09 Nov 2016
Poseidon project develops new scanner to identify bacteria in under one hour.Photonics Public Private Partnership under the European Commission's Horizon 2020 program is developing an optical sensor intended to spot the presence of Legionella bacteria in under one hour - a process said to normally take up to ten days of cultivation and analysis.
The Poseidon (from "plasmonic-based automated lab-on-chip sensor for the rapid in-situ detection of Legionella") consortium has received funding of over €4 million in support of its research into the use of surface plasmon resonance (SPR) phenomena in a fully automated platform for fast optical detection of L. pneumophila pathogens.
SPR effects involve the excitation of surface plasmons, and the resulting changes made to the behavior of light very close to the surface of a sensor. Foreign species present at the right location reveal their presence by affecting this behavior in identifiable ways. Poseidon aims to develop a platform in which a refracted laser beam uses this effect to spot the presence of the bacteria, allowing fast and inexpensive detection from a small sample without the need for use of a labeling protein
The project's design involves polarized beams of light hitting a metal film at the interface of two media. According to the project's technical material, charge density oscillation of surface plasmons at the metal film reduces the intensity of reflected light, and the scale of the reduction depends on the substance on the metal at the interface. Information gathered from the refracted light can then be analyzed, and the presence of a pre-programed pathogen confirmed - an unambiguous detection of the bacteria in situ.
This is said to provide an extremely sensitive and versatile tool for miniaturized label-free sensing platforms able to be integrated into lab-on-chip systems, for potential applications in environmental monitoring, biotechnology, medical diagnostics, drug screening, food safety and security.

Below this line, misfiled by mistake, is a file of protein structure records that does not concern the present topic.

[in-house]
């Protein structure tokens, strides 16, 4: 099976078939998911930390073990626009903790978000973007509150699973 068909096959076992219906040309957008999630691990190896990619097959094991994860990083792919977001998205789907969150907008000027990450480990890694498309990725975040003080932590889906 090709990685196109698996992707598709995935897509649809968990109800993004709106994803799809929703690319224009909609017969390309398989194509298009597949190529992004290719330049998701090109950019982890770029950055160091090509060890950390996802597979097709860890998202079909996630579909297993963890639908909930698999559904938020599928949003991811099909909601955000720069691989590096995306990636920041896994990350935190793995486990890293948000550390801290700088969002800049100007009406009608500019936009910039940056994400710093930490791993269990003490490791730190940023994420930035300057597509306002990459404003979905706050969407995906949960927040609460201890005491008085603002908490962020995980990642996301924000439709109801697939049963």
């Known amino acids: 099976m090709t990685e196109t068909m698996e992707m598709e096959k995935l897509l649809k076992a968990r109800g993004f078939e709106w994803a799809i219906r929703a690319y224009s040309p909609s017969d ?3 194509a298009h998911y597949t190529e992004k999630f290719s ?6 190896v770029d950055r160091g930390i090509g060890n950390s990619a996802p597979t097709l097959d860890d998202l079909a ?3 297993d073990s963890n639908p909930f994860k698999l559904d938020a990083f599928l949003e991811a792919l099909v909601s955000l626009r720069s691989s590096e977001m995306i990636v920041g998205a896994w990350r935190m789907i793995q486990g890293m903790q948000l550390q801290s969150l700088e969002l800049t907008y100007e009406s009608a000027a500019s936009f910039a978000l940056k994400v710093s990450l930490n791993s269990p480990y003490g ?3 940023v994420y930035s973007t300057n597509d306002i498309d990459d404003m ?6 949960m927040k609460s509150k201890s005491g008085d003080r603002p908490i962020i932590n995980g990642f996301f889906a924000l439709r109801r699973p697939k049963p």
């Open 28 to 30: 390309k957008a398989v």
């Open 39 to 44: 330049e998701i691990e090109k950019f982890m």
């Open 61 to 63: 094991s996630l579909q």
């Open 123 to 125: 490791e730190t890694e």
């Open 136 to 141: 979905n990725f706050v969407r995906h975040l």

"Detection and investigation of viruses, bacteria and eukaryotic cells is a rapidly growing field in SPR biosensing, but the detection has only been achieved in laboratory settings," commented Poseidon's scientific coordinator Roberto Pierobon of Italy's Protolab. "With our unique innovative SPR sensing architecture, Poseidon provides reliable measurement readouts of Legionella bacterial cells that are driven and entrapped on a custom sensing surface specifically designed with opportune positive and negative controls."
A rapid readout is one key goal, and Poseidon's optical detection could provide an inexpensive early warning system to monitor Legionella in air-conditioning units. The hope is to reduce the time involved in a positive identification from ten days to less than one hour, although in certain scenarios and at particular times of year, a timescale measured in minutes is the project's ultimate aim.
"Cells remain intact throughout the whole fluid transportation system in the device, and do not adhere to the fluidic piping and microfluidic channels," noted Pierobon. "Virtually all of the bacteria cells in the sample are delivered to the sensing unit, giving extremely high sensitivity and specificity."
Poseidon will also act as an means to investigate the use of SPR sensors in general as extremely sensitive and versatile tools for miniaturized label-free sensing platforms, particularly integrated into lab-on-chip systems. Potential applications for such architectures include environmental monitoring, biotechnology, medical diagnostics, drug screening, food safety and security.
• Poseidon partners include Protolab, air conditioning vendors Clivet and clinical analysis laboratory ARC of Italy; process analysis experts Metrohm Applikon of the Netherlands; Sweden's Uppsala University; and testing laboratory Catlab of Spain.
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